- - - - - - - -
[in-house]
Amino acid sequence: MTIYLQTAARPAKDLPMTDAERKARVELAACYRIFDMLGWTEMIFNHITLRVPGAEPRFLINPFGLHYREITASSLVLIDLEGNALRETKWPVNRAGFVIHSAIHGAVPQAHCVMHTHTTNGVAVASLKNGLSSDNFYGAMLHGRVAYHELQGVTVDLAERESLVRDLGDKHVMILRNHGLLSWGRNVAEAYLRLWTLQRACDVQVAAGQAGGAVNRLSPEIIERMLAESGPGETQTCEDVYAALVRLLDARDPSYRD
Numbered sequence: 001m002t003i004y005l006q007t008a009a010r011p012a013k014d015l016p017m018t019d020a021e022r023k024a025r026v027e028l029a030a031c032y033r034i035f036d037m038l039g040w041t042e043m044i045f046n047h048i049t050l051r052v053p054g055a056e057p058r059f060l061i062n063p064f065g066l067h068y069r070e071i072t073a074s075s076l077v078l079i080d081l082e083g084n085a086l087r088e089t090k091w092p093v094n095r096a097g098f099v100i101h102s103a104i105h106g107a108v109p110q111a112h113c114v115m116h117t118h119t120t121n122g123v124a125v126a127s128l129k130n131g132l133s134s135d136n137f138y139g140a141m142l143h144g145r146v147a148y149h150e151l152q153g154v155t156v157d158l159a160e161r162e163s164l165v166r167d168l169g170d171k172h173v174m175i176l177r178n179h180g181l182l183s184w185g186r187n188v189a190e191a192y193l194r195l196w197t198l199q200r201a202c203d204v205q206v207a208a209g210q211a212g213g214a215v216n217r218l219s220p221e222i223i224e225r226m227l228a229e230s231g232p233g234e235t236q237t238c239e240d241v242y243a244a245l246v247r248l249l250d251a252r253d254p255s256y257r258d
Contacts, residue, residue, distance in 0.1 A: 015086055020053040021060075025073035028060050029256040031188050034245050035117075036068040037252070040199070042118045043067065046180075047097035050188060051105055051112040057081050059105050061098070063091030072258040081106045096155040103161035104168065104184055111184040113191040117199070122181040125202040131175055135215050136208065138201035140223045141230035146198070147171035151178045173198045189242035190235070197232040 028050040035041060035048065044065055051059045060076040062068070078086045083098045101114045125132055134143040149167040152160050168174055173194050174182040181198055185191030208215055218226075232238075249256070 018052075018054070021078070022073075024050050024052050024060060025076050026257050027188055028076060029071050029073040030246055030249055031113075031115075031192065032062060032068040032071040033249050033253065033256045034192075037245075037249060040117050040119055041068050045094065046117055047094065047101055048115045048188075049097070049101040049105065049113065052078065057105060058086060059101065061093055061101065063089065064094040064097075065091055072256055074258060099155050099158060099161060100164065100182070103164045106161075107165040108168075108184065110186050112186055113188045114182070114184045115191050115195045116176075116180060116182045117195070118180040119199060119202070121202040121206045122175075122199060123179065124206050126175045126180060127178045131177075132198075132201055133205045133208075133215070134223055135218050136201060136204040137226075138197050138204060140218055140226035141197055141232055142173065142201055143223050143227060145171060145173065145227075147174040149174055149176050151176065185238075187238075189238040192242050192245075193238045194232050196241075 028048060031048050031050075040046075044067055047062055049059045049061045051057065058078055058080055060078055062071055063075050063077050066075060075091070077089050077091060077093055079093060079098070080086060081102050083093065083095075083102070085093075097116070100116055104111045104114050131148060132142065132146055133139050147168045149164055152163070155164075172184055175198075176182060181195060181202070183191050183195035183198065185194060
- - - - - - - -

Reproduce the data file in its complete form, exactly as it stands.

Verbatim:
[in-house]
Amino acid sequence: MTIYLQTAARPAKDLPMTDAERKARVELAACYRIFDMLGWTEMIFNHITLRVPGAEPRFLINPFGLHYREITASSLVLIDLEGNALRETKWPVNRAGFVIHSAIHGAVPQAHCVMHTHTTNGVAVASLKNGLSSDNFYGAMLHGRVAYHELQGVTVDLAERESLVRDLGDKHVMILRNHGLLSWGRNVAEAYLRLWTLQRACDVQVAAGQAGGAVNRLSPEIIERMLAESGPGETQTCEDVYAALVRLLDARDPSYRD
Numbered sequence: 001m002t003i004y005l006q007t008a009a010r011p012a013k014d015l016p017m018t019d020a021e022r023k024a025r026v027e028l029a030a031c032y033r034i035f036d037m038l039g040w041t042e043m044i045f046n047h048i049t050l051r052v053p054g055a056e057p058r059f060l061i062n063p064f065g066l067h068y069r070e071i072t073a074s075s076l077v078l079i080d081l082e083g084n085a086l087r088e089t090k091w092p093v094n095r096a097g098f099v100i101h102s103a104i105h106g107a108v109p110q111a112h113c114v115m116h117t118h119t120t121n122g123v124a125v126a127s128l129k130n131g132l133s134s135d136n137f138y139g140a141m142l143h144g145r146v147a148y149h150e151l152q153g154v155t156v157d158l159a160e161r162e163s164l165v166r167d168l169g170d171k172h173v174m175i176l177r178n179h180g181l182l183s184w185g186r187n188v189a190e191a192y193l194r195l196w197t198l199q200r201a202c203d204v205q206v207a208a209g210q211a212g213g214a215v216n217r218l219s220p221e222i223i224e225r226m227l228a229e230s231g232p233g234e235t236q237t238c239e240d241v242y243a244a245l246v247r248l249l250d251a252r253d254p255s256y257r258d
Contacts, residue, residue, distance in 0.1 A: 015086055020053040021060075025073035028060050029256040031188050034245050035117075036068040037252070040199070042118045043067065046180075047097035050188060051105055051112040057081050059105050061098070063091030072258040081106045096155040103161035104168065104184055111184040113191040117199070122181040125202040131175055135215050136208065138201035140223045141230035146198070147171035151178045173198045189242035190235070197232040 028050040035041060035048065044065055051059045060076040062068070078086045083098045101114045125132055134143040149167040152160050168174055173194050174182040181198055185191030208215055218226075232238075249256070 018052075018054070021078070022073075024050050024052050024060060025076050026257050027188055028076060029071050029073040030246055030249055031113075031115075031192065032062060032068040032071040033249050033253065033256045034192075037245075037249060040117050040119055041068050045094065046117055047094065047101055048115045048188075049097070049101040049105065049113065052078065057105060058086060059101065061093055061101065063089065064094040064097075065091055072256055074258060099155050099158060099161060100164065100182070103164045106161075107165040108168075108184065110186050112186055113188045114182070114184045115191050115195045116176075116180060116182045117195070118180040119199060119202070121202040121206045122175075122199060123179065124206050126175045126180060127178045131177075132198075132201055133205045133208075133215070134223055135218050136201060136204040137226075138197050138204060140218055140226035141197055141232055142173065142201055143223050143227060145171060145173065145227075147174040149174055149176050151176065185238075187238075189238040192242050192245075193238045194232050196241075 028048060031048050031050075040046075044067055047062055049059045049061045051057065058078055058080055060078055062071055063075050063077050066075060075091070077089050077091060077093055079093060079098070080086060081102050083093065083095075083102070085093075097116070100116055104111045104114050131148060132142065132146055133139050147168045149164055152163070155164075172184055175198075176182060181195060181202070183191050183195035183198065185194060